Growing food eco-logically we reduce the cost of growing food for us and our environment. We harvest healthy food relying on Nature’s free ecological services by repairing the ecosystems in our farms and gardens.
We all have issues with growing food… Crops relentlessly hammered by insects, compacted soil, insufficient organic matter, nutrient deficiencies, rainwater running off rather than infiltrating our soil, and unpollinated flowers. They tell us that our growing conditions aren’t 100%.
Normally, we focus on improving each of these using pest controls, cultivating soil, spreading compost, mulch, minerals, fertilisers, and so on.
Ecosystems are complex, but repairing them is relatively straightforward because three ecological functions drive most of the action.[ii]
By repairing our nutrient cycles, soil organisms recycle the nutrients in plant and animal waste materials, unlock nutrients from the mineral particles in our soil, making the nutrients available for plants to reuse.
Water cycles are enormous, but we can improve them by increasing water infiltration and storage in our soil, reducing water loss through evaporation, and getting excess water draining freely down through our soil to reduce waterlogging.
Why do we only think of fertilisers when we want to grow more food? Plants capture and store solar energy using their photosynthetic panels. By growing more solar panels, we make more energy available for the plants, microbes, invertebrates and other animals operating the ecosystems in our farms and gardens.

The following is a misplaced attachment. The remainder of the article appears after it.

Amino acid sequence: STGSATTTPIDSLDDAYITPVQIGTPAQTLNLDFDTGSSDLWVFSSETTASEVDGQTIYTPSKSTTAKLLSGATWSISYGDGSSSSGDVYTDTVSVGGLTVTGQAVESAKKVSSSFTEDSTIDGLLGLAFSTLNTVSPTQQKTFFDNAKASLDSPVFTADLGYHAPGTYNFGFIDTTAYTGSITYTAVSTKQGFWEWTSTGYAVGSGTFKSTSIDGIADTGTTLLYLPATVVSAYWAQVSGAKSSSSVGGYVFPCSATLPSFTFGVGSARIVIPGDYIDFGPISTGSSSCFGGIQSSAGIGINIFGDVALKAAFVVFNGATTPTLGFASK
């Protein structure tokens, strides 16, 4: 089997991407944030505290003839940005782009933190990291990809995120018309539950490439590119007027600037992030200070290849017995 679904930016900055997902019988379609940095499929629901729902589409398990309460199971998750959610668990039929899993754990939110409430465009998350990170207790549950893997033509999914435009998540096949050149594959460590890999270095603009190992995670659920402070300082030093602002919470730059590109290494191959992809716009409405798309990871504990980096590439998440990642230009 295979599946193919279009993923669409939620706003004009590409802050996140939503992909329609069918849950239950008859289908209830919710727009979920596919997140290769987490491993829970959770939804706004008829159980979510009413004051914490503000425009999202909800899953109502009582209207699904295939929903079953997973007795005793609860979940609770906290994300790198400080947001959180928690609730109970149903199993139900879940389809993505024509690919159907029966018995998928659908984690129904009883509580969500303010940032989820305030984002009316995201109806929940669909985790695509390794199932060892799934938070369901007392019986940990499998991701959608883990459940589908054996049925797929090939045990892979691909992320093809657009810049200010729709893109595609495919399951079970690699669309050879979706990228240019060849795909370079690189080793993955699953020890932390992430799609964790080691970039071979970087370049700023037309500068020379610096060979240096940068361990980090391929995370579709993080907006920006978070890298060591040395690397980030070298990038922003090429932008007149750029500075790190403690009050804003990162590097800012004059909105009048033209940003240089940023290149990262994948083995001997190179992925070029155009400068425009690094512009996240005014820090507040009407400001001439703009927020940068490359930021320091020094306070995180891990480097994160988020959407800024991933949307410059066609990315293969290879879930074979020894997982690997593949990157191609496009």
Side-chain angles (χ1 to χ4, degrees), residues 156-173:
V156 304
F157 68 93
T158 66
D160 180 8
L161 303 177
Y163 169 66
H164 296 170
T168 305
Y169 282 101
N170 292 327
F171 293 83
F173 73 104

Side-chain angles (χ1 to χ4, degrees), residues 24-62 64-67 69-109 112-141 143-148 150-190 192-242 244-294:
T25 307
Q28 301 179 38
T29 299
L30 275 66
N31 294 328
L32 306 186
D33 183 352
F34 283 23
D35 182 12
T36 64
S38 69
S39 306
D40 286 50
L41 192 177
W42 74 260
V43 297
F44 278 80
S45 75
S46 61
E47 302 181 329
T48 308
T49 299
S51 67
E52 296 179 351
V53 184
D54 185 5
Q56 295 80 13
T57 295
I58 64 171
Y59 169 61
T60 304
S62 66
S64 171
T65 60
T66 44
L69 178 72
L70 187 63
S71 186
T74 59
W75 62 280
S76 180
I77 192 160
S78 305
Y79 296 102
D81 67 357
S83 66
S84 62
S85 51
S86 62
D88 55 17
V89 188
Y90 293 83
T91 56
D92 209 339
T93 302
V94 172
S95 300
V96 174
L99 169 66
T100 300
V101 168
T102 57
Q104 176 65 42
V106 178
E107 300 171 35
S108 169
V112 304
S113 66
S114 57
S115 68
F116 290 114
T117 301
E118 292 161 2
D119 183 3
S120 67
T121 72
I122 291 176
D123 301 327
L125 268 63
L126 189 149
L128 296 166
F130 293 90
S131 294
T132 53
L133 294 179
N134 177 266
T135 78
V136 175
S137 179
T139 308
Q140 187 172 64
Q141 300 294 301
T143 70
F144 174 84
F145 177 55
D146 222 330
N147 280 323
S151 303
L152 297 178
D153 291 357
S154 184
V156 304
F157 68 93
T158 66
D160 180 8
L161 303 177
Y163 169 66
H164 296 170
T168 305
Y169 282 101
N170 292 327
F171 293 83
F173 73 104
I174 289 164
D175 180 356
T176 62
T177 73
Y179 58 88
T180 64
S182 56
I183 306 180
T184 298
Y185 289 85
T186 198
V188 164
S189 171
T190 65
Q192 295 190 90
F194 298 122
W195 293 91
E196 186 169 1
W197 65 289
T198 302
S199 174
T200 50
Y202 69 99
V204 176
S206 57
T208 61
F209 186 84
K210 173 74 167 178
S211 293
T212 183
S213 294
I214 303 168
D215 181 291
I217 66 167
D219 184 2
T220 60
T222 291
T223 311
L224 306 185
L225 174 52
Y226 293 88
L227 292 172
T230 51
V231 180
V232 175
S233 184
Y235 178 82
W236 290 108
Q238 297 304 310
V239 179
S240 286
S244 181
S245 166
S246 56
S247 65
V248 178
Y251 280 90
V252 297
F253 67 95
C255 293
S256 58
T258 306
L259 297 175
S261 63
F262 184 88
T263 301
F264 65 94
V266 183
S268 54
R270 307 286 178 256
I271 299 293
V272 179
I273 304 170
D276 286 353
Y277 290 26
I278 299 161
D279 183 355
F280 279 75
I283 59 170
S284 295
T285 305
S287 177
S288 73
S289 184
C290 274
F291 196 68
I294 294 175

Regrettably, we’ve tended to overlook and neglect these ecological functions. That’s why we’ve had to replace their free ecological services with assorted inputs and physical work!
How do we repair our Ecosystems?
Applying these ecological principles, you’ll develop practical solutions suitable for your conditions, whether growing in a backyard in Wales, a community garden in Boston, a smallholding in India, or running cattle in outback Australia…[iii]
1. Mimic Nature
By learning from Nature in designing and managing our farms and gardens, we combine our ingenuity with three billion years of research and development carried out in every climate and soil type on the planet, including our own!
A helpful way to start is by investigating how Nature maintains ecosystems in similar environmental conditions. We do this by looking closely at the remnants of natural vegetation growing in our regions. Try to find areas in reasonably good condition, with similar drainage, exposure to wind and sun, soil, underlying geology, etc. You’ll see how these different climatic and physical conditions influence the ‘architecture’ of the vegetation and plants that grow.
These ecosystems are our best practice models because they have inbuilt resilience, are pest and disease resistant, self-fertilising, and self-maintaining. They don’t need external inputs and us to maintain them! They can cope with unexpected changes and bounce back after difficult times.
We can benefit too from these free ecological services, by finding ways to mimic these natural ecosystems in designing and managing our food production systems.
Gabe Brown, a world-renown regenerative farmer in North Dakota in the United States, designs his crop production and grazing management by mimicking the native Prairie grasslands and behaviour of wild Bison in his region.[iv]